Boulder, Colo., Jan 31, 2013 / 02:02 am (CNA).- In a recent debate, two Catholic commentators disagreed over how large a role government should play in exercising society's responsibility to assist the impoverished.
Father Robert Sirico, a priest of the Grand Rapids diocese and co-founder of the Acton Institute, a conservative think tank, said government should be kept small. He also stated that free markets – capitalist economies free from government interventions – will be strong enough to naturally care for the poor.
The Jan. 28 debate between Fr. Sirico and Michael Sean Winters, a writer with the National Catholic Reporter, occurred on the campus of the University of Colorado at Boulder.
It was hosted by The Aquinas Institute for Catholic Thought, an arm of the university's parish which aims to “promote the Catholic intellectual tradition.”
During his remarks, Winters countered that a “robust social welfare program,” run by a government representing “our collective moral action,” is needed to correct the dangers posed by the unregulated competition of a free market.
Ahead of the debate, however, Fr. Sirico told CNA that “proper moral formation” can help the free market to adequately care for the poor.
“That people act in ways where they have a sense of common decency, and are allowed to see the full effects of their decisions. That will tutor people on how what they do affects others. Moreover…we shouldn't have the kind of interventions of government, and charities, that empower immorality, that subsidize vice.”
He added that modern welfare systems, and “even some of our Catholic charities…reduce the human person to a mere material object.”
By focusing solely on material needs and neglecting love, solidarity, and the call to a moral life, Fr. Sirico believes that charitable acts can actually harm society and the poor.
The priest said during the debate that with the “overarching ethical orientation” a capitalist economy needs, it can provide for the needs of the poor. No solution, he said, will “get around the necessity of morally transforming society.”
He maintained that the free market is “morally neutral” and that the human actors in the market must bring good morals to it.
In his comments, Winters countered Fr. Sirico's argument by saying that free markets actually do carry a value system with them.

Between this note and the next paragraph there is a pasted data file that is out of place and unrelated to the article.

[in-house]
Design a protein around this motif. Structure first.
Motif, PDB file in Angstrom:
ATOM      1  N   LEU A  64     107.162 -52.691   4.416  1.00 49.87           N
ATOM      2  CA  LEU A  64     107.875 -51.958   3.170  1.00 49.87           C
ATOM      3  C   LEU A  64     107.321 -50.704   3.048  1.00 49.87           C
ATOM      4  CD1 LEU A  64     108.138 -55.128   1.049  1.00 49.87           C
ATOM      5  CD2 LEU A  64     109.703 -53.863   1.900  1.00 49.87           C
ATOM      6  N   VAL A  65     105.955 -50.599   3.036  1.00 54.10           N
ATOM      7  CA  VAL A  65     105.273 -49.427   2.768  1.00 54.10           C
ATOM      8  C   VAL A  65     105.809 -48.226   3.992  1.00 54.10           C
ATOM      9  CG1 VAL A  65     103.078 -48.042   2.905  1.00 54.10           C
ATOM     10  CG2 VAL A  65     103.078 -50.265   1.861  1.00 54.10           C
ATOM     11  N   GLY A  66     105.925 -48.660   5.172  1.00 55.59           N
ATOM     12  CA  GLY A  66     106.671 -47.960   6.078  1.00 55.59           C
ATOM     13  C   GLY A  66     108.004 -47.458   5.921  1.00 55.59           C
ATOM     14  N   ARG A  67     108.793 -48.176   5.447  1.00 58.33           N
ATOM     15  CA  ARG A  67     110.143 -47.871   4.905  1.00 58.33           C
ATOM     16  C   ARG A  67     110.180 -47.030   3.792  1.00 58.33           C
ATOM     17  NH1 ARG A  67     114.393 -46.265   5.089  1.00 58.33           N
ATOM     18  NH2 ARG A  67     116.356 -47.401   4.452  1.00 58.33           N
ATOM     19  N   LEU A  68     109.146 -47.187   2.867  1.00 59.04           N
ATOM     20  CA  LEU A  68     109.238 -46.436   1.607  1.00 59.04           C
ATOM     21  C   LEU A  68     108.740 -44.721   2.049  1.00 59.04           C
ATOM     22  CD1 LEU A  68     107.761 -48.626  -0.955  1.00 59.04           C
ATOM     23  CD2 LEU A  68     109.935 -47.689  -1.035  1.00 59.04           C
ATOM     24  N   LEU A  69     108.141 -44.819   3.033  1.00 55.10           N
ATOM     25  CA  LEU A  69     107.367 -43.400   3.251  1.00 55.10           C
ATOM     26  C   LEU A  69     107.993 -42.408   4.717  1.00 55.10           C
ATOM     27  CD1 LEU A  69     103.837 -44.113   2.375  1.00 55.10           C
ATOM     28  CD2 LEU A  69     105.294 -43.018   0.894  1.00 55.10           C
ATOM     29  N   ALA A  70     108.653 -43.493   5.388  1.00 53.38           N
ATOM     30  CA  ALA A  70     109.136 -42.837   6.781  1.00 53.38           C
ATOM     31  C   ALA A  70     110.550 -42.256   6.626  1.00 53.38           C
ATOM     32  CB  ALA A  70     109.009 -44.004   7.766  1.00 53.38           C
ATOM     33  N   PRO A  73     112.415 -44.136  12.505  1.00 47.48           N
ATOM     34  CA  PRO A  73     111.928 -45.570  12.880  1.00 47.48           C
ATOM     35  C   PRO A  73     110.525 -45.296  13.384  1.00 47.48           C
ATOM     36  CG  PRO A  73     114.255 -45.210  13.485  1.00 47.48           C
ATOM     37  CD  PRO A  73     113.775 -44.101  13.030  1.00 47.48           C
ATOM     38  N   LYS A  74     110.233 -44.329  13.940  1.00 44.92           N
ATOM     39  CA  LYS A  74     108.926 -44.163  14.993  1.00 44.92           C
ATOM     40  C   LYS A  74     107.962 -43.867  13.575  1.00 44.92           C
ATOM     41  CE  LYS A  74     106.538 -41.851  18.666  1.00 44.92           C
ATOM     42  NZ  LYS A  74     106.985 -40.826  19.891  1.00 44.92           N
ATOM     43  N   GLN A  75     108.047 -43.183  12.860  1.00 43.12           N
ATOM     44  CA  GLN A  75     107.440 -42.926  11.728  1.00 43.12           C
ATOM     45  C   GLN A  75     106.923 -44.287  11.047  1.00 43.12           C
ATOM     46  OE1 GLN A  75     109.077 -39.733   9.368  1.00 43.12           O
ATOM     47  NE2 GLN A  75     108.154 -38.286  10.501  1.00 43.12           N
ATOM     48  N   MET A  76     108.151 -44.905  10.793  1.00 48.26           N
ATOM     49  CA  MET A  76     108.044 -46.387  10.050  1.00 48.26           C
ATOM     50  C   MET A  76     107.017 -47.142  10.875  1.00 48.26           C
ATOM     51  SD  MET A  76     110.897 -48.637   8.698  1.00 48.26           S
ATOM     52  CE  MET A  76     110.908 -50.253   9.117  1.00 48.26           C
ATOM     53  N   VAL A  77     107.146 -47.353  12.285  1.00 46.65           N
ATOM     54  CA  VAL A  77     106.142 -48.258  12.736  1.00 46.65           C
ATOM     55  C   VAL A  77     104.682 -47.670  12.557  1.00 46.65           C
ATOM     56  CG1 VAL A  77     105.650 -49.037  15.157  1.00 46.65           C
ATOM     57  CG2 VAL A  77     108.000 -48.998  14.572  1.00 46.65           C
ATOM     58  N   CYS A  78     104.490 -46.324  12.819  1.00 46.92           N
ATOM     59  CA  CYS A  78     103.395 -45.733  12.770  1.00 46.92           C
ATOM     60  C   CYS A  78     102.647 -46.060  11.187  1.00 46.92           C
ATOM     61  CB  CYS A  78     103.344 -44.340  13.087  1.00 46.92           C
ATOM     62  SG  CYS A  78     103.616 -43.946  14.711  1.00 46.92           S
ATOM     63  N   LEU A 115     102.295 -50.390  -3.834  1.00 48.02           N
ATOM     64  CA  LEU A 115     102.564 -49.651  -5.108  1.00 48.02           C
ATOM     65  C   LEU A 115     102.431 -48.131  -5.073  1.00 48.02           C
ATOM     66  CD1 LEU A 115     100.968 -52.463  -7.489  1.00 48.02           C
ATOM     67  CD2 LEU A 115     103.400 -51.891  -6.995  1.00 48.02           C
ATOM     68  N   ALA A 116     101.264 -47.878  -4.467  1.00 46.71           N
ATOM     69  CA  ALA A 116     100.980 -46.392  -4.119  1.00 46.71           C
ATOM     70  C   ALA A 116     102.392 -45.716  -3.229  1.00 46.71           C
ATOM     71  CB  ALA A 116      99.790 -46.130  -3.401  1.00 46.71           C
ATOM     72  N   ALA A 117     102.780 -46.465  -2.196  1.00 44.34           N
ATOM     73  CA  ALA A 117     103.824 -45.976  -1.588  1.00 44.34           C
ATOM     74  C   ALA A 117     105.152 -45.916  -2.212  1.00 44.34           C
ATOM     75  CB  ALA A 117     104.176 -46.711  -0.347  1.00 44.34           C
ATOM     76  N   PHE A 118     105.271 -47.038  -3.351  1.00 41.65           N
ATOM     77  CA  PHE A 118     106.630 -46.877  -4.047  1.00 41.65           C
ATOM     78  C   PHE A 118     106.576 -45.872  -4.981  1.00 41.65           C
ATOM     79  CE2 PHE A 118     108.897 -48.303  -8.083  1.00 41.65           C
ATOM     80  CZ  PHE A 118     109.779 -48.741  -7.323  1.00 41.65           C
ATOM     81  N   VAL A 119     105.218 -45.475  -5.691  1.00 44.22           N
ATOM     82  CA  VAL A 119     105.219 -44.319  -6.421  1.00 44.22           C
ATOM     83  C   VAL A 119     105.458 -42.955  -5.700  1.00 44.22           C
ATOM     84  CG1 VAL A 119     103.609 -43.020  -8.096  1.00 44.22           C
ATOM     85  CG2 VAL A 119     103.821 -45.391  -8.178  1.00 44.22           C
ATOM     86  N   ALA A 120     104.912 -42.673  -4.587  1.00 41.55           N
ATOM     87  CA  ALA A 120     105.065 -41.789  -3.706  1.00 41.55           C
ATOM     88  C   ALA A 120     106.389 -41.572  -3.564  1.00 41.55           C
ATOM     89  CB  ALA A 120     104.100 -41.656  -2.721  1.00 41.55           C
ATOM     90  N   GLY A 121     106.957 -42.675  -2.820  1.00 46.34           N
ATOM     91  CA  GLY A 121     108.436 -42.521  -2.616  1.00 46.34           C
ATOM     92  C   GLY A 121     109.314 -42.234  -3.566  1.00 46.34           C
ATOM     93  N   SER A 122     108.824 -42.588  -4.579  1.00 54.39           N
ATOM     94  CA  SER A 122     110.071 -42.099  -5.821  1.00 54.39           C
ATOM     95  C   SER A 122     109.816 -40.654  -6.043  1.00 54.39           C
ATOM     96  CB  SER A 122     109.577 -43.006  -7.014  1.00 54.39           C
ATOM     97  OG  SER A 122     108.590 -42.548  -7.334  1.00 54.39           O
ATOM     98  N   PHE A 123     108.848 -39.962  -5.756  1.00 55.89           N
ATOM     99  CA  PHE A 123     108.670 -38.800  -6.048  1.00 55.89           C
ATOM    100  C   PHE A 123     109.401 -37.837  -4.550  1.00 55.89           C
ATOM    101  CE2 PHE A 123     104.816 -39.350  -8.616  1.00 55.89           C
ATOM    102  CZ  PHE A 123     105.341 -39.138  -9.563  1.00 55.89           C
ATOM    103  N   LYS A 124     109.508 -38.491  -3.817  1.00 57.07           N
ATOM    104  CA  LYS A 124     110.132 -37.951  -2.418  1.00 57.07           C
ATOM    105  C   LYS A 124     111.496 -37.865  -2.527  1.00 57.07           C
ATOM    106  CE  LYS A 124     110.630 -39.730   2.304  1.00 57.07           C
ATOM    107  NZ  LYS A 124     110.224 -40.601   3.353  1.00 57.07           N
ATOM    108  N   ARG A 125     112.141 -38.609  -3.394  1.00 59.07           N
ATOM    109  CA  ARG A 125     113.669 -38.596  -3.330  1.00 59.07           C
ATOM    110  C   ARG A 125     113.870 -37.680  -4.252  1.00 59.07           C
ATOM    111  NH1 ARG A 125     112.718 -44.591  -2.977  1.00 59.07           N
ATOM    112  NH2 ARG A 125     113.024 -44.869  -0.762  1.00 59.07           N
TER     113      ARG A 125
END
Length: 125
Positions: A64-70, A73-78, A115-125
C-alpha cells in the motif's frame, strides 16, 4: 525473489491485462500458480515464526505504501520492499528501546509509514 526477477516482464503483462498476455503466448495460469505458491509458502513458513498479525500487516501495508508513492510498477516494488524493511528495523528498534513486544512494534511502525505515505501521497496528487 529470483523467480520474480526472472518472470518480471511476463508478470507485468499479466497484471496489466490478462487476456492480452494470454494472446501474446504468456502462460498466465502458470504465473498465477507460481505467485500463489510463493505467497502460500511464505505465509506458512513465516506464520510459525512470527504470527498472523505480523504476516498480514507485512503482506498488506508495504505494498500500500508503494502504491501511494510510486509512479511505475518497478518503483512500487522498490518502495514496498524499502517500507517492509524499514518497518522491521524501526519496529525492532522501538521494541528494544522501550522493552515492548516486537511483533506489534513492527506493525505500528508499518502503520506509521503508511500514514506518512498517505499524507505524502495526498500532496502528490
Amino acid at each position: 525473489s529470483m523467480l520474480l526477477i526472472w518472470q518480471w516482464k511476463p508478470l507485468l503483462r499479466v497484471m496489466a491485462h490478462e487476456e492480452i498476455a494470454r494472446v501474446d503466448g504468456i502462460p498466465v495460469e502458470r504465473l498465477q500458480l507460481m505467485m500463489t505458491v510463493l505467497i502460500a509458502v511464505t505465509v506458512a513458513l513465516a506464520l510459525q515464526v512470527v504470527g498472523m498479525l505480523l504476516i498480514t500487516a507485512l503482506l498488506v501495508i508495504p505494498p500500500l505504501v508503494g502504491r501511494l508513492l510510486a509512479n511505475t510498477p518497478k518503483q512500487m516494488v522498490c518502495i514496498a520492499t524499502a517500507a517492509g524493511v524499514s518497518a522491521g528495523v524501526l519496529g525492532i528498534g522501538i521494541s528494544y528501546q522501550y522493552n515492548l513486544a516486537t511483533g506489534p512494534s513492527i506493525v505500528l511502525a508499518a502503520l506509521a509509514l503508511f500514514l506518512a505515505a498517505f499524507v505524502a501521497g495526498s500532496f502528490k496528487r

“The market does demand a certain value structure,” he stated. He pointed out that if one business owner pays his employees a living wage “because it's the Christian thing to do” and his competitor does not, “the market is not going to reward you for your generosity.”
Winters said that “the point is, we have an economic system that creates disincentives to act in a Christian manner – it is not morally neutral,” as Fr. Sirico had said.
Pope Pius XI's 1931 encyclical “Quadragesimo anno” offered criticisms of both capitalist and communist economies, and spoke strongly against unregulated capitalism. The pontiff suggested that “unlimited freedom of struggle among competitors” rewards those “who give least heed to their conscience.”
Fr. Sirico said that “my approach doesn't fall under the condemnation of Pius XI” because “I am arguing against that kind of idea.” He said that he is not defending laissez-faire capitalism.
For all their disagreements, the debaters were able to find common ground. Both uphold the right to private property and want Christianity to inform people's decision-making.
Winters just believes this will be done better through government intervention in the economy, and Fr. Sirico would leave it up to individual choice.
In interviews before the debate, Fr. Sirico and Winters were both dismissive of distributism as an alternative to capitalism. Developed in large part by the English Catholic writer G. K. Chesterton, distributism upholds the right to private property but seeks to spread the ownership of capital more widely, through promotion of small and employee-owned businesses.
While he believes distributism “is one of the legitimate approaches to an economy,” Fr. Sirico also thinks there are problems with it, calling it more of a “moral, aesthetic critique of forms of crass capitalism” than “an economic system.”
And Winters expressed having “a hard time seeing how we get from here, to any of the distributivist proposals I'm familiar with.”
That afternoon, Winters said he looked forward to the evening's debate because “it's really vital that Catholics engage each other…because there are tensions on both sides of the political ledger that are quite willing to divide the Church to achieve political ambitions.”
“All of us, we have to discover again how to have internal conversations, because the Church cannot be divided.”
He said he was thankful for the “incredibly vibrant campus ministry” at the University of Colorado for organizing the debate and providing an atmosphere of charitable disagreement.
“What is absolute, what is non-negotiable, and intrinsic, is the obligation to help the poor,” Winters stated during the debate.
“But there is room for disagreement about how we can achieve that. And that discussion has to be conducted with charity so we can learn from each other.”